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Standing room only in miscanthus seminar at the NEC

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  • 3 min read

The Farm Business innovation Show at the NEC in Birmingham is an event that’s targeted at farmers wanting to diversify.

A vital audience for Terravesta, many came to the show specifically to find out more about the benefits associated with growing miscanthus.

“We took over 100 leads and spoke to a huge amount of farmers and landowners who were positive about the crop. We had several large estate managers enquiring about miscanthus and one farmer interested in making a miscanthus maze for visitors to the farm,” says Terravesta operations manager, Alex Robinson.

“Overall it was very positive and interest in miscanthus seems to be increasing all the time, as Terravesta works at expanding markets for it,” says Alex.

Grown for UK power generation, the crop guarantees returns on long-term contracts and promises a move away from the price volatility associated with traditional agricultural markets.

Terravesta chairman, William Cracroft-Eley, spoke in the seminar theatre, on ‘maximising marginal land with miscanthus’. “With standing room only – the presentations were well received, and William tackled some technical questions from producers, wanting to find out the specifics of harvesting in the spring months, where William reassured them that we have contractors all over the UK who are well versed in harvesting the crop,” says Alex.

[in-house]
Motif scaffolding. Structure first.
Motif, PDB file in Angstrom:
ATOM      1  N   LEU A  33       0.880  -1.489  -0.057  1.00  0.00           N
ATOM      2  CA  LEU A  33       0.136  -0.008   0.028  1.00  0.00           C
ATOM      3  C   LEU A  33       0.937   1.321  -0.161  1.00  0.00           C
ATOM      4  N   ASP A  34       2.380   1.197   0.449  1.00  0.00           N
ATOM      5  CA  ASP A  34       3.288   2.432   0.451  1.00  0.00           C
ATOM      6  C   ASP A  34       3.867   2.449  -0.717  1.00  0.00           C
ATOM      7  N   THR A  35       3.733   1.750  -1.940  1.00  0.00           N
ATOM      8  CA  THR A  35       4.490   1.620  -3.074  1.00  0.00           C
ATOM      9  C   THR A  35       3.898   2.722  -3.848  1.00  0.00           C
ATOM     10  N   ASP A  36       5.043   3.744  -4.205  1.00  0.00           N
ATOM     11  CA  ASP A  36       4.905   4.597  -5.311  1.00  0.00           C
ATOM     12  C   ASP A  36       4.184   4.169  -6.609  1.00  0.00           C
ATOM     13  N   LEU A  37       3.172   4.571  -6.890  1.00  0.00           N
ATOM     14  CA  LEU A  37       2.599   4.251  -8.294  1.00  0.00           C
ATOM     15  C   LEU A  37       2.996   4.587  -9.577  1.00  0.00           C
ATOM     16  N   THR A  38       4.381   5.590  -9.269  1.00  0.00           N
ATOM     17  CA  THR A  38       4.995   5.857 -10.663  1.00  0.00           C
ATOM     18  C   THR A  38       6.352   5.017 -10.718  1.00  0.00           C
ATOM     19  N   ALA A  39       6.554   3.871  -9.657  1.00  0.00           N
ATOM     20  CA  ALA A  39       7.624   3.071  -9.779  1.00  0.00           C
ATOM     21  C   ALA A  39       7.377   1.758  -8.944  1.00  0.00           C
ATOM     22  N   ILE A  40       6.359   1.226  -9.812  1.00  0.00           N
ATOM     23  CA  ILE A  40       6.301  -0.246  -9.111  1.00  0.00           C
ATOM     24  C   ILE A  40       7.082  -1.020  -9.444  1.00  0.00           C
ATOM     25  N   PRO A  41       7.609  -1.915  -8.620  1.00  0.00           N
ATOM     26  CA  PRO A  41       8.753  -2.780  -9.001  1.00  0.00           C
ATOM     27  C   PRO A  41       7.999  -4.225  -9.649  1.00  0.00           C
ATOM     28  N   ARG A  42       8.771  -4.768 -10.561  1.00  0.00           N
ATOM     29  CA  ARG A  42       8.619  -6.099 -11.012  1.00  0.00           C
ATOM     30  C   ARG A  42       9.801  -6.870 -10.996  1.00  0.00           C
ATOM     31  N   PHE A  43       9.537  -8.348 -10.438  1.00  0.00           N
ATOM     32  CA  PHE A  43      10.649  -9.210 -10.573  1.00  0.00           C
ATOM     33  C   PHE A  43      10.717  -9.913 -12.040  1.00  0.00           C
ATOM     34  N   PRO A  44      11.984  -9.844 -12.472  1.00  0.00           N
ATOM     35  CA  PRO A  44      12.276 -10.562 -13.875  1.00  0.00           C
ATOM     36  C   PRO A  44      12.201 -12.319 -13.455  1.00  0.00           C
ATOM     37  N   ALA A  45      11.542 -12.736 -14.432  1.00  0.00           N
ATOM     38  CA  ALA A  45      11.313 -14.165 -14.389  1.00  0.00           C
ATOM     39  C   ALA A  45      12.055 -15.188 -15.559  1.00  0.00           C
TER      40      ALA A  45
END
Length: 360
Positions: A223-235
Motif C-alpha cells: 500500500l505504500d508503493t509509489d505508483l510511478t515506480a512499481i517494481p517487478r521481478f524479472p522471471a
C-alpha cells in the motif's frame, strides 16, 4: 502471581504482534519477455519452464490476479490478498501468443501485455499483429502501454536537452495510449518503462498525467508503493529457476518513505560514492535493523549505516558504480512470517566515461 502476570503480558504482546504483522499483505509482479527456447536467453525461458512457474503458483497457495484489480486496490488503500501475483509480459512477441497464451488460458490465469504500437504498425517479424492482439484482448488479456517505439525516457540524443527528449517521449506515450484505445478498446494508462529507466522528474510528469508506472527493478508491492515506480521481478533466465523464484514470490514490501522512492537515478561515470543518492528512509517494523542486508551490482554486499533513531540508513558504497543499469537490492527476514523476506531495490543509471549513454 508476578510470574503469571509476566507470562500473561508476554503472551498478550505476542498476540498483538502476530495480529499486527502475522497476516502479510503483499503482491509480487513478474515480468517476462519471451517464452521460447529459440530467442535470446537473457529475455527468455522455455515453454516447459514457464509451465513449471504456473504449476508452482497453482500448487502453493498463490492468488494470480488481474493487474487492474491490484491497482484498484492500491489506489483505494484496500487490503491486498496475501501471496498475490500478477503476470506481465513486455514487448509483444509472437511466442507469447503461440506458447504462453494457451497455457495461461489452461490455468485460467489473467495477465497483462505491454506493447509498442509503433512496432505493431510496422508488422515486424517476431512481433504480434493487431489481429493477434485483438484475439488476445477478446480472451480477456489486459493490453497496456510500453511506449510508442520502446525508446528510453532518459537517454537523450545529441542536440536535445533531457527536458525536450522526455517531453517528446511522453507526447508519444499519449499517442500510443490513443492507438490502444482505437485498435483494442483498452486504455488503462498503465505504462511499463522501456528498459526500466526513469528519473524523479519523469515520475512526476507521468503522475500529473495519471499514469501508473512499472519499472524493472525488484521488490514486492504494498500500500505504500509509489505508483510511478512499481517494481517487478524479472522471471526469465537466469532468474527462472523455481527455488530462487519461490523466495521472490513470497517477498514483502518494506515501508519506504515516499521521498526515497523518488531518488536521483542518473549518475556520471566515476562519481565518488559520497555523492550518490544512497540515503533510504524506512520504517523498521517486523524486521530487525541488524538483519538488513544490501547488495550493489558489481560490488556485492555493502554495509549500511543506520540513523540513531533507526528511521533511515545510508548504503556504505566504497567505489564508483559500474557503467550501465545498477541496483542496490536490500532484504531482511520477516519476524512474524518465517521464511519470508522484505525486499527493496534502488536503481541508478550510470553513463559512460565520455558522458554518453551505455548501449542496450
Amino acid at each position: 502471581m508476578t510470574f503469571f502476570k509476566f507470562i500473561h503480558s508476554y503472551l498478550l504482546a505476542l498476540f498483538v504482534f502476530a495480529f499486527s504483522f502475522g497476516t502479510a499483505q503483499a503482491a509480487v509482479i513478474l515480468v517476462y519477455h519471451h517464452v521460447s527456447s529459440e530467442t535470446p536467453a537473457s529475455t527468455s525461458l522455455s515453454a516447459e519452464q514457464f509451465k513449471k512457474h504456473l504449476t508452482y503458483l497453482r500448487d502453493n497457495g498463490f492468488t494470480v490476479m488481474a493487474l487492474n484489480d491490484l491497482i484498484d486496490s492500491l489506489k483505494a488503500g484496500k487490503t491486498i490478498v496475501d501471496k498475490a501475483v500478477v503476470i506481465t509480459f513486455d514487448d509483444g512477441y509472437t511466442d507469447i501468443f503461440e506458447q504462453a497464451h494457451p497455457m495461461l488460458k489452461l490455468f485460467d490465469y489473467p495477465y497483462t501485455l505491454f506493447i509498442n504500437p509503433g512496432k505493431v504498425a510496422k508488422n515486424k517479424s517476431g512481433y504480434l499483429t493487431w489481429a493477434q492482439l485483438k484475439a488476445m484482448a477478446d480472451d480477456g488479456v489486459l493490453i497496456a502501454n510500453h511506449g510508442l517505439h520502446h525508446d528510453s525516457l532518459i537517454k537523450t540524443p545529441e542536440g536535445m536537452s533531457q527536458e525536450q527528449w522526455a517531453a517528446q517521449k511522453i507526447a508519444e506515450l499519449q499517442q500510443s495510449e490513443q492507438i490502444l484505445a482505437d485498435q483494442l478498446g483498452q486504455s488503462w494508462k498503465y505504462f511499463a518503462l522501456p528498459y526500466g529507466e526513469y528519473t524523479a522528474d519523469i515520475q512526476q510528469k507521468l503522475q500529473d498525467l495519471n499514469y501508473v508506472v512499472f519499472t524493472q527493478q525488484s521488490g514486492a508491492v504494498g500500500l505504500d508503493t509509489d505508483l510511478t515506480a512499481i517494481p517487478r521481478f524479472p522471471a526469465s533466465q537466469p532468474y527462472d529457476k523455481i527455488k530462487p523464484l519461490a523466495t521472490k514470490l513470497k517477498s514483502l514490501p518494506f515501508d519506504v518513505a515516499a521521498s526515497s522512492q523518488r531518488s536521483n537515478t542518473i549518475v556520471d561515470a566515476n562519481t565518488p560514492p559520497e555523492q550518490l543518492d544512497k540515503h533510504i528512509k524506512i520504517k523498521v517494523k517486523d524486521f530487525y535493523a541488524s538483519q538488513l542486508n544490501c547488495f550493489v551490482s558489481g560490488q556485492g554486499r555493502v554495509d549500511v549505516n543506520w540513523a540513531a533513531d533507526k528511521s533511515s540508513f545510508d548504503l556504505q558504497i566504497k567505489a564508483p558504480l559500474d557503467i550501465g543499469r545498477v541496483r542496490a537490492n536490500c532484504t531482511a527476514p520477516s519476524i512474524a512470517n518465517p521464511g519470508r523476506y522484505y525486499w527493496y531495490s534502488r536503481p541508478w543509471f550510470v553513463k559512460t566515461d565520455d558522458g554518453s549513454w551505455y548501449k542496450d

William displayed aerial maps of farms profiting from miscanthus on all types of land. He also tackled the question of ‘marginal land’ and what it is.

“At Terravesta, we’re aware that marginal land is not a characteristic that can be mapped, in the way that policy makers want. It’s land where the operational consequence of a number of factors make the management of it uneconomical, when growing arable or any other type of crop. In other words is could be any type of land that’s difficult to manage, or harvest, or where arable crops aren’t yielding well, for instance,” explains Alex.

“Miscanthus is a crop that takes care of itself,” says Alex. “It’s a low input, high output option, and once established, no fertiliser is required, as the rhizome recycles nitrogen back into the soil.”

The perennial energy crop can grow to heights of up to 12 feet and can produce yields of 15 tonnes per hectare, with average net returns considerably greater than arable crops, at up to £528 per hectare.

“The crop thrives on poor grade land, and can completely combat blackgrass due to its high canopy. Miscanthus also fits in well with the arable rotation as its cut in the spring, so won’t conflict with the cereal harvest.”

Terravesta works with growers to facilitate planting, provide free agronomic support, secure lucrative markets and offers long term index-price-linked contracts.

The company is looking for more growers to help to meet the increased demand from whole bale power stations. “We’re offering growers 10-year retail price index-linked contracts, with guaranteed returns. We will be following up on leads at the Farm Business Innovation Show and encourage any farmers with questions to get in touch or book onto our next farm walk on the 8thDecember,” adds Alex.